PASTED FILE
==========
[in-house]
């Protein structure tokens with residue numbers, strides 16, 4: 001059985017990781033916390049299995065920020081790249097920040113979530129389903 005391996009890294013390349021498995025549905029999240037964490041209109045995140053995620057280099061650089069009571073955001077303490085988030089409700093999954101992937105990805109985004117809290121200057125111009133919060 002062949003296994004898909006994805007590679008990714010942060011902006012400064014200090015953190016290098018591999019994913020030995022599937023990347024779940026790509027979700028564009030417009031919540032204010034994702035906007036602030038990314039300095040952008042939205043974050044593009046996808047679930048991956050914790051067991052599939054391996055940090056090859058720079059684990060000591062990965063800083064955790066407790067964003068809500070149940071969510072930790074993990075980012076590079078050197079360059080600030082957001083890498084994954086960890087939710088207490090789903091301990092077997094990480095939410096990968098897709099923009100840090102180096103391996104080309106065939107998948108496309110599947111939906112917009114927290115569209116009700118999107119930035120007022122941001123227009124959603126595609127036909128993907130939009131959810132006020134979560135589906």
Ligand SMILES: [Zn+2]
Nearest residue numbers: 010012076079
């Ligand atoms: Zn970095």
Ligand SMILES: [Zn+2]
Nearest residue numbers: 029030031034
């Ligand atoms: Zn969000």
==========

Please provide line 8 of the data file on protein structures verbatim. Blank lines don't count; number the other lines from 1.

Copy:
């Ligand atoms: Zn969000």